If you don’t live in a mountainous area of if you aren’t used to carrying a backpack with weight, it can be difficult to tell if a specific trail or trip is the right fit for you.  In addition to understanding the experience levels and fitness levels we use, there are a few ways you can assess your own abilities compared to the trip you’re planning to join.

Walking on flat ground is a great way to judge how your training is going!  But elevation has a huge impact on your body.  For every 1,000ft of elevation gain on a hike, it’s equivalent on your body to adding an extra mile to the hike.  If you’re hiking 10 miles with 2,000ft of elevation gain, it has approximately the same impact on your body as hiking 12 miles on flat ground.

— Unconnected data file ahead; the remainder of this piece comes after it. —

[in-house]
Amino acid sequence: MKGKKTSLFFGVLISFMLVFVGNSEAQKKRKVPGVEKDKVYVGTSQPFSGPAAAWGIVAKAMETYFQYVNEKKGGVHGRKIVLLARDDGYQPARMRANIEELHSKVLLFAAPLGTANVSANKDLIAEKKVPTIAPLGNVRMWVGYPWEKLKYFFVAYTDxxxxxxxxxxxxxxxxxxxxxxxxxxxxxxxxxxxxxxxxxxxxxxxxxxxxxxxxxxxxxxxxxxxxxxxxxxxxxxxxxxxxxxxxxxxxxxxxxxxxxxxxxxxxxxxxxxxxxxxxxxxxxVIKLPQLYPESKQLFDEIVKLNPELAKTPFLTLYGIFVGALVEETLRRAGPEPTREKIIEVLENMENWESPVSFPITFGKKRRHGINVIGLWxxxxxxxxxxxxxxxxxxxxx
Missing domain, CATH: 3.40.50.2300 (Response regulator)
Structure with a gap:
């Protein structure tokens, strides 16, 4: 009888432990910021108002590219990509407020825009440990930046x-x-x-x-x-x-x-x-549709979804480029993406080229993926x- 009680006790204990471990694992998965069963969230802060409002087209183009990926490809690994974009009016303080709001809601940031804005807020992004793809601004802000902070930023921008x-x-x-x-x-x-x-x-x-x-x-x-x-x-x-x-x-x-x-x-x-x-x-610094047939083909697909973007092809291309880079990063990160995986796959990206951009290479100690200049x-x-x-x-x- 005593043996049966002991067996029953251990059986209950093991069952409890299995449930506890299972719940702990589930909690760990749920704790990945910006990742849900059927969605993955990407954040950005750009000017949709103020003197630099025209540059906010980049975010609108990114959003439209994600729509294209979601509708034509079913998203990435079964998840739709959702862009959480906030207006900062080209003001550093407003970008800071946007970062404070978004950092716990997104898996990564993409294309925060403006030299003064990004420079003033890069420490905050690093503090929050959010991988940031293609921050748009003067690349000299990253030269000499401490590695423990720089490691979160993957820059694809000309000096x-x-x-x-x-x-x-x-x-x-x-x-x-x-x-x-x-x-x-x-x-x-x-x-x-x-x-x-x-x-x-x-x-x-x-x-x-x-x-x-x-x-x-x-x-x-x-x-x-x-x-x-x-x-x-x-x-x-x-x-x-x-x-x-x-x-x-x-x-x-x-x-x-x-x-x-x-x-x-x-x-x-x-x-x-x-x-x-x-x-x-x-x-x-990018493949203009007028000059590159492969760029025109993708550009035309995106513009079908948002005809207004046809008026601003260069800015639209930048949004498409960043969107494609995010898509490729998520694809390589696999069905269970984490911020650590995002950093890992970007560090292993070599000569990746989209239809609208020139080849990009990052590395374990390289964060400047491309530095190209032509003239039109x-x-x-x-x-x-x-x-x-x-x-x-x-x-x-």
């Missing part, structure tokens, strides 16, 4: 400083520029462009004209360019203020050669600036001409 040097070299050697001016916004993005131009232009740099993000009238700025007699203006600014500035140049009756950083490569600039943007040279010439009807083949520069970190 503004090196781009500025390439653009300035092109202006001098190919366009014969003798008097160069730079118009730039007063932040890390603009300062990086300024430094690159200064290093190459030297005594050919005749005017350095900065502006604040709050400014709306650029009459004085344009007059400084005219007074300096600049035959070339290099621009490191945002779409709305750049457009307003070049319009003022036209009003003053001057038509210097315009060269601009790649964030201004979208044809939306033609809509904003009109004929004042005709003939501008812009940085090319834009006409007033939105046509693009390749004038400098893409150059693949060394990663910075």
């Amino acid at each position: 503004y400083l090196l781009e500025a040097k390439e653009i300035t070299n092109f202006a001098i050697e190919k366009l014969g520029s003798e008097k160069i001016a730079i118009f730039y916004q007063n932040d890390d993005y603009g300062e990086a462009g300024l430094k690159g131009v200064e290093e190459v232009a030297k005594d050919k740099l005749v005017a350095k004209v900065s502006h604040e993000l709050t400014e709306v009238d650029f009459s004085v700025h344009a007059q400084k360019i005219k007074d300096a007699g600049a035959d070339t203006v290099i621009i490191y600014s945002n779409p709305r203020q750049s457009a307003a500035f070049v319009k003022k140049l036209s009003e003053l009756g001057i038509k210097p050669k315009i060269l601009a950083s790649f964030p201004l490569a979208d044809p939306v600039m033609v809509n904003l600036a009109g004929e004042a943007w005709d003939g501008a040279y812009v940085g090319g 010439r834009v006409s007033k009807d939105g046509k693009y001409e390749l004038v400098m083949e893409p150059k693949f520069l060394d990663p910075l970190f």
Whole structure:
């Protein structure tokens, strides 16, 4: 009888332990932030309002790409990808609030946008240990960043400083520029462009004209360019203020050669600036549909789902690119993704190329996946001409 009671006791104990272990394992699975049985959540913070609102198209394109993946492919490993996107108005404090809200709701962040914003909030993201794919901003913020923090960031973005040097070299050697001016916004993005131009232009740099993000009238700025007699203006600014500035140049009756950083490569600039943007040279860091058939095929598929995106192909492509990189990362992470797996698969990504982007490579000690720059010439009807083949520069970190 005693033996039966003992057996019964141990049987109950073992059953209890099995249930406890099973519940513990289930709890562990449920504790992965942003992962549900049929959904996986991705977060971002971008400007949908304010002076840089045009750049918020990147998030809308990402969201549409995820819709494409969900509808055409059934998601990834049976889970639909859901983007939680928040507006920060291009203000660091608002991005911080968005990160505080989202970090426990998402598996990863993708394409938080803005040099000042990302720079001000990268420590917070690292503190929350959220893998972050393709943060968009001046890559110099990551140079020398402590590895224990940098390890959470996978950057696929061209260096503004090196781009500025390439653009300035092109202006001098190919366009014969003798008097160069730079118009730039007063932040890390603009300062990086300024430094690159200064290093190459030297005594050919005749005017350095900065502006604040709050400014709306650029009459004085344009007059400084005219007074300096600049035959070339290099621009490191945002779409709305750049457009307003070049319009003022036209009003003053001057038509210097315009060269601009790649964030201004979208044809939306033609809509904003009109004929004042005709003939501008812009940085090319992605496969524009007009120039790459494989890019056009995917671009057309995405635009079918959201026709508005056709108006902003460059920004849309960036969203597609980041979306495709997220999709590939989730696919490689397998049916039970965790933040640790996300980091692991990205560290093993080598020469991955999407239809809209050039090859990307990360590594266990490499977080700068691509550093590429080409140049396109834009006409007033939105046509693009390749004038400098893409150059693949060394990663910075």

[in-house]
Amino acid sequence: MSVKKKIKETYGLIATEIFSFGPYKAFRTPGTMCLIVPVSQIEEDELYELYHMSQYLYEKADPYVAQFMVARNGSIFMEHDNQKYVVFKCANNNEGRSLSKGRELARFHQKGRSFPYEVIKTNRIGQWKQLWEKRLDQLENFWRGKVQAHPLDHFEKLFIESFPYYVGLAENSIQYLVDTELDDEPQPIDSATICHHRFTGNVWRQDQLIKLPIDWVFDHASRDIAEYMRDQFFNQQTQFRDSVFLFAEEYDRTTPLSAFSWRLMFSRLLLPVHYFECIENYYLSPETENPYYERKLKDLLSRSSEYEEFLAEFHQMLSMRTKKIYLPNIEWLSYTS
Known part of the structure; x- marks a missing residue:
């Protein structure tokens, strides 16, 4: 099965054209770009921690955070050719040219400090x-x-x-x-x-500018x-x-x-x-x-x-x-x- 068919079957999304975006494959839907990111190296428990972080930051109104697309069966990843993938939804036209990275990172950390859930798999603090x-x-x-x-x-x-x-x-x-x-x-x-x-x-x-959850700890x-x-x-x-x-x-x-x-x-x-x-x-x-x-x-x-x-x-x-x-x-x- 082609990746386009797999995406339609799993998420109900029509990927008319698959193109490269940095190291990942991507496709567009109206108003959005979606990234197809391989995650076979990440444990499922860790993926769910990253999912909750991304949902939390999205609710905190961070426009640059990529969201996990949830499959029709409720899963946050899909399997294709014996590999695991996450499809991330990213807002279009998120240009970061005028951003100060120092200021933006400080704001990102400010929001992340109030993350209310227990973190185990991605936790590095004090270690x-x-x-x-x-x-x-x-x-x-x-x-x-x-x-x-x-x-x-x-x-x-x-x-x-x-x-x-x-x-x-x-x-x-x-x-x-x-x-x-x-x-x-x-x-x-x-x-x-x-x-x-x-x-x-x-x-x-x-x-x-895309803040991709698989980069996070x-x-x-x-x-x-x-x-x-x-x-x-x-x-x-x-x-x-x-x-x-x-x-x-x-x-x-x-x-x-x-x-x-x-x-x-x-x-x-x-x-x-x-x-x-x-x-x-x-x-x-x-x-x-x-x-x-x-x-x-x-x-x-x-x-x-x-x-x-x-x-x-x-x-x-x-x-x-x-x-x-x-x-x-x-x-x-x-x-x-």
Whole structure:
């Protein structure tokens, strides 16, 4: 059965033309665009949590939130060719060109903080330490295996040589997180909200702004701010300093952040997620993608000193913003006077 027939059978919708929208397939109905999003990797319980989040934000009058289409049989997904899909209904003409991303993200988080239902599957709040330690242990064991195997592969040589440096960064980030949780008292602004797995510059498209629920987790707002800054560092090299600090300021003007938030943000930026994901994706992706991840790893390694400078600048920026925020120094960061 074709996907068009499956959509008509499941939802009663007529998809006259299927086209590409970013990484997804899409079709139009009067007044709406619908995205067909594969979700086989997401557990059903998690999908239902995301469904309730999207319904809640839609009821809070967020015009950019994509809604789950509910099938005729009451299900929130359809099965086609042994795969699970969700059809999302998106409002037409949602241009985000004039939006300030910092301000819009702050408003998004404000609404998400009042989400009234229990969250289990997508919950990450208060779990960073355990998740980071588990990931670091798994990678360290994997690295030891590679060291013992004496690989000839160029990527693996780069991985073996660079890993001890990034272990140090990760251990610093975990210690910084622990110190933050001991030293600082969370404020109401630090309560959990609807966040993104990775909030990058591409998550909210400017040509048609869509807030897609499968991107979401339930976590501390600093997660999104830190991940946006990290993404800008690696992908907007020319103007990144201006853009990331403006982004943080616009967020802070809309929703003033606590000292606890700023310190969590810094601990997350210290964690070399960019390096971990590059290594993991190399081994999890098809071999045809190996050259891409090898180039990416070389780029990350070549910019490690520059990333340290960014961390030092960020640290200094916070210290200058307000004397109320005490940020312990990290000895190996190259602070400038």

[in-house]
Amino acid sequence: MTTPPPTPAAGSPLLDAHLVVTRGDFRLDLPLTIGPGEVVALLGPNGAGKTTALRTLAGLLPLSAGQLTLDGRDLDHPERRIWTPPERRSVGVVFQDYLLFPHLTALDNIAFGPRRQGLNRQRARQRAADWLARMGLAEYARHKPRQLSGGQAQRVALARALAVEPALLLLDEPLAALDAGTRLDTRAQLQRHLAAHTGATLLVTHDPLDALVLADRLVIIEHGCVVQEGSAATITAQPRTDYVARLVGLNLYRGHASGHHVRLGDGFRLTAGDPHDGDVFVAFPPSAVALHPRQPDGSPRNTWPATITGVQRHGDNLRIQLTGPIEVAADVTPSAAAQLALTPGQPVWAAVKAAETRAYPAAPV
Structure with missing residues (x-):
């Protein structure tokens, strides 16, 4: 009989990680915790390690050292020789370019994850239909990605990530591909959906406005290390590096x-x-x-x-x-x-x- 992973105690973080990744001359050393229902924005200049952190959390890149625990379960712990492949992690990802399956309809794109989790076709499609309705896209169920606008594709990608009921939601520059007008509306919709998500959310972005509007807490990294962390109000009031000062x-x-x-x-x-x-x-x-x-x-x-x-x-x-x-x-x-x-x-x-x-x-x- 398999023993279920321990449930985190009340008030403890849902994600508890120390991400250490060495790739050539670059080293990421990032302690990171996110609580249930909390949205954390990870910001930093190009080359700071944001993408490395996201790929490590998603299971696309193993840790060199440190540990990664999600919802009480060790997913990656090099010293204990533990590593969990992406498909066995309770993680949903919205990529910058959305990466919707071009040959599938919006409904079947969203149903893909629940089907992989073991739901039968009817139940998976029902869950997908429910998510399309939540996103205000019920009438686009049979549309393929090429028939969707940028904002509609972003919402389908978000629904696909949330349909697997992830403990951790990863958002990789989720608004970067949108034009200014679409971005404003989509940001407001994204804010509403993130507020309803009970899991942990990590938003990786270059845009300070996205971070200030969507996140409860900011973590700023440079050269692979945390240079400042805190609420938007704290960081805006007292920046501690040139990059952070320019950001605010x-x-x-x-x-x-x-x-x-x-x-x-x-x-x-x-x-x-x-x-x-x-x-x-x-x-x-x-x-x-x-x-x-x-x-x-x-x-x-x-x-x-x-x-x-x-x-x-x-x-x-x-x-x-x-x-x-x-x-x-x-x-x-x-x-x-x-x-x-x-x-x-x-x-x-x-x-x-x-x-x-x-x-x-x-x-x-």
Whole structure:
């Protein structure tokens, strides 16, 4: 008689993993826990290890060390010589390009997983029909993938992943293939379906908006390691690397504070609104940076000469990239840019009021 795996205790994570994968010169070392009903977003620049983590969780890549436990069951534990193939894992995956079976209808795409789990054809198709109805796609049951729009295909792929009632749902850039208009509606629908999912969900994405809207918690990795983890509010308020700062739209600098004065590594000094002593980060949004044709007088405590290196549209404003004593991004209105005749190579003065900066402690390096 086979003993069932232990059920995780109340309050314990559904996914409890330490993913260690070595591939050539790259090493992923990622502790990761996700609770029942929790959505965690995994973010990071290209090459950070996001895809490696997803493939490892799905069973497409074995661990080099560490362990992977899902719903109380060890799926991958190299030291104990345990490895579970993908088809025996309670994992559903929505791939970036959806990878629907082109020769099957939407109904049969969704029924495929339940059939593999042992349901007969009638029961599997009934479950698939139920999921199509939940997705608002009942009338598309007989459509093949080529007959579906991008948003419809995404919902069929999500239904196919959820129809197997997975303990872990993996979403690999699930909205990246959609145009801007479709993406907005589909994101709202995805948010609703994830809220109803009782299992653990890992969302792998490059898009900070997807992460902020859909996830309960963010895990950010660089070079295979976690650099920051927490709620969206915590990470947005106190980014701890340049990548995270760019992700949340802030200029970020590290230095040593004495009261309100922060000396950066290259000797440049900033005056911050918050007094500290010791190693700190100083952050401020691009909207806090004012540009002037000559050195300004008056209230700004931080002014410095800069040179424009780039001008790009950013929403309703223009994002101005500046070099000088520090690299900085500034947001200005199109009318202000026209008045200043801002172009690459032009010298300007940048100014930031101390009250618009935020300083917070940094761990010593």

Another good rule of thumb is that you can hike about 25% farther with a day pack than a backpack on the same type of terrain.  So if I head out for a day hike on the AT and can hike a maximum of 10 miles, I should expect to backpack a maximum of 7-8 miles per day on the same section of trail.

Terrain also plays a role in how far you can hike.  Rocky, rooty, or uneven trails are harder on your body than well groomed trails, and often require folks to slow down a bit.  Many of the trails we hike on in Western NC are rocky, rooty, narrow trails.